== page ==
The original 8051 microcontroller is a Harvard architecture, single chip microcontroller which was developed by Intel in 1980 for use in embedded systems. Today this architecture is used in many newer microcontrollers. Intel's original versions were popular in the 1980s and also in 1990s, but has today largely been superseded by a vast range of faster or functionally enhanced 8051-compatible microcontrollers manufactured by more than 20 independent manufacturers including Silabs (formerly Cygnal), Atmel, Infineon Technologies (formerly Siemens AG), Maxim Integrated Products (via its Dallas Semiconductor subsidiary), NXP (formerly Philips Semiconductor), Nuvoton (formerly Winbond), ST Microelectronics, TI and Cypress Semiconductor. Intel's official designation for the 8051 family of microcontrollers is MCS-51. Some advanced microcontrollers using 8051 core can achieve execution speeds close to 100 MIPS.

Newer microcontrollers with 8051 core have many interfaces like SPI, I2C or CAN implemented in hardware. However, even the oldest 8051 microcontroller that has no dedicated hardware, can use the I2C bus because it easily implemented in software. I2C specifications only define the upper speed limit so that any I2C controller can use the speed that is suitable for all slave devices on the board.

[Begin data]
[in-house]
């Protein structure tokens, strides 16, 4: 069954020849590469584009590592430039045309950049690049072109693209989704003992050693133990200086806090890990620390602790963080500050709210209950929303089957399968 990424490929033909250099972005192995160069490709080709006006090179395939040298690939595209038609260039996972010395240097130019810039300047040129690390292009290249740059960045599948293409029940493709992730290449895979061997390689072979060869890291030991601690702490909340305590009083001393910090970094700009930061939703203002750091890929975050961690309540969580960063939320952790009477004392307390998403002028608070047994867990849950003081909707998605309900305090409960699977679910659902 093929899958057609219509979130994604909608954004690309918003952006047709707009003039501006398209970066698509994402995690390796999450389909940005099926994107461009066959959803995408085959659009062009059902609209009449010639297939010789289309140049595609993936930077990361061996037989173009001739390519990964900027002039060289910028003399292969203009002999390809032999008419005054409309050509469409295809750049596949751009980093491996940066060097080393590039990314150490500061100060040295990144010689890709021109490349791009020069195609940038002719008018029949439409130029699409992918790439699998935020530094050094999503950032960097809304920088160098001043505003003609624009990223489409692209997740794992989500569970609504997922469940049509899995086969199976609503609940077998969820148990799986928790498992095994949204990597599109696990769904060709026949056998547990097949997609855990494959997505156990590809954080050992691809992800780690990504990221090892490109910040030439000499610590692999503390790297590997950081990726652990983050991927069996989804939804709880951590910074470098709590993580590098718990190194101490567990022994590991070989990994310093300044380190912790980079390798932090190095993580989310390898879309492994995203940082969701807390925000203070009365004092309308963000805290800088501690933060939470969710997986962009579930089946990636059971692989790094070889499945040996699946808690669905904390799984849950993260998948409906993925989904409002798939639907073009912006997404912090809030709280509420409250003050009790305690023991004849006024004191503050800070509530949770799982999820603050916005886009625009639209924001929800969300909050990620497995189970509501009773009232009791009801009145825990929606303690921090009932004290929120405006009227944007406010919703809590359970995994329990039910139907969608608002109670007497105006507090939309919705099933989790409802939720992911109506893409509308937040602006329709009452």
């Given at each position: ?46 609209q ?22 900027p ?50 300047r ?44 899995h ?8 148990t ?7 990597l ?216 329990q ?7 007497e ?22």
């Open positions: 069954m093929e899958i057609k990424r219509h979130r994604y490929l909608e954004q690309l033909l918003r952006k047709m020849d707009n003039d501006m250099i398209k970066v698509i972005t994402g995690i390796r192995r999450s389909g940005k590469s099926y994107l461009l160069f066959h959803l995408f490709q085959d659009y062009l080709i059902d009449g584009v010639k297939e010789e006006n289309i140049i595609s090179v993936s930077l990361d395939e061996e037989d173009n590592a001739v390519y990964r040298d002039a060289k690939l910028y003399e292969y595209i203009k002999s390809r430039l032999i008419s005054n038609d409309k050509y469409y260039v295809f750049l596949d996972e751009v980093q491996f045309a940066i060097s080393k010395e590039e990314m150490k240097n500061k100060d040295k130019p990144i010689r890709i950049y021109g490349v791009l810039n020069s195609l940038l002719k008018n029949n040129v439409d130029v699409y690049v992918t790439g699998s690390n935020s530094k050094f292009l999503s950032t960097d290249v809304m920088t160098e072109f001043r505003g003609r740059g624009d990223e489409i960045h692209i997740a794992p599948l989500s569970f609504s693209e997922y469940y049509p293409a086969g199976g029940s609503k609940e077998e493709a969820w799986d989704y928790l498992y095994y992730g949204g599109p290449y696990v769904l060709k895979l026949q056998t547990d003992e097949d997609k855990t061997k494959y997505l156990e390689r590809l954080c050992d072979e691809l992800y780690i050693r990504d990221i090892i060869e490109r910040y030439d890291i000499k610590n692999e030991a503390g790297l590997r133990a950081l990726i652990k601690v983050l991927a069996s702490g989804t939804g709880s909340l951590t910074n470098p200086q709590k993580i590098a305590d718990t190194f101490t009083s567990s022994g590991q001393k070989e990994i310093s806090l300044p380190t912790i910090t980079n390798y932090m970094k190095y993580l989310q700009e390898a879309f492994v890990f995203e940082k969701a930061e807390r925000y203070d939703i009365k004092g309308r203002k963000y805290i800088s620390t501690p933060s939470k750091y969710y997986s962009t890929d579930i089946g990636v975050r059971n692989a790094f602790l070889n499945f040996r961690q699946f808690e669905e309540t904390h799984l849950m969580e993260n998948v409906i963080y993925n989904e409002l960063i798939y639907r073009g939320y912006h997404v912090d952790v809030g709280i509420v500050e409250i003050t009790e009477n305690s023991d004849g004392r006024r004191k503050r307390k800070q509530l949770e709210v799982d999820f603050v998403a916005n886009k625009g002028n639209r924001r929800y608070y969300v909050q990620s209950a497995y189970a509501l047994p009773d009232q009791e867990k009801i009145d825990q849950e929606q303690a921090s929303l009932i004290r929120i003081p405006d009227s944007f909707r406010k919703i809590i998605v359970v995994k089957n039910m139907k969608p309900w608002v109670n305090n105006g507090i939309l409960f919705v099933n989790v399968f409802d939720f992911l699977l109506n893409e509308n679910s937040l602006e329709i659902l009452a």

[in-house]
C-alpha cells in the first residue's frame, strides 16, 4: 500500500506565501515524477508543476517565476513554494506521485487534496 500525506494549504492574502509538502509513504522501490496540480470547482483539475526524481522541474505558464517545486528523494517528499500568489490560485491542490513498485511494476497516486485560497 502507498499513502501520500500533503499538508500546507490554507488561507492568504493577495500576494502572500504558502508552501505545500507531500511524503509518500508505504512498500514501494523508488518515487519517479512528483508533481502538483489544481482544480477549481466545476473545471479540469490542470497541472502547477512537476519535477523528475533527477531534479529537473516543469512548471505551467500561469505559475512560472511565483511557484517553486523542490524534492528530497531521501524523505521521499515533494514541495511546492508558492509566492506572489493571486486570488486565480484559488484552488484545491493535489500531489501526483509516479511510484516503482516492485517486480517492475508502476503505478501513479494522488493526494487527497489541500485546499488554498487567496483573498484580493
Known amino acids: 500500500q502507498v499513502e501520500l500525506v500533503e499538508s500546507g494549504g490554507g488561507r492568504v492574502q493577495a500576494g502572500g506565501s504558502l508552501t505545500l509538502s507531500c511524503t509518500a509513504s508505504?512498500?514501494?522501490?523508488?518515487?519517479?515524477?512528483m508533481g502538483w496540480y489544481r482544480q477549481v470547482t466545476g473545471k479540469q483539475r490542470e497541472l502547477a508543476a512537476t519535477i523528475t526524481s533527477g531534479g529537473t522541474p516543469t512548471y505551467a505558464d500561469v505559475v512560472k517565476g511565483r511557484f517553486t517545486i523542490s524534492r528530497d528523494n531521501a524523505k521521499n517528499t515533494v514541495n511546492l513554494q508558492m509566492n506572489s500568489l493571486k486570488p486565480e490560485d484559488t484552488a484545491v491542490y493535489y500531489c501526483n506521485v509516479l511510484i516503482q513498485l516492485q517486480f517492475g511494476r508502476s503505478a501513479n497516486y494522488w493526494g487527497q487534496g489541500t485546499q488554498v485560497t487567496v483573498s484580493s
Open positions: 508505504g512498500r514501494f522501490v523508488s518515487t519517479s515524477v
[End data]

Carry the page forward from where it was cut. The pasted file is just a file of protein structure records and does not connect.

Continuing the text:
8051 Compilers

To program any microcontroller you need a compiler. Several C compilers are available for the 8051 family, most of which feature extensions that allow the programmer to specify where each variable should be stored in its six types of memory, and provide access to 8051 specific hardware features such as the multiple register banks and bit manipulation instructions. This is one of specialties of the 8051 architecture. While in some cases it offers advantage, it also means difficulty for a compiler to take into account different addressing modes.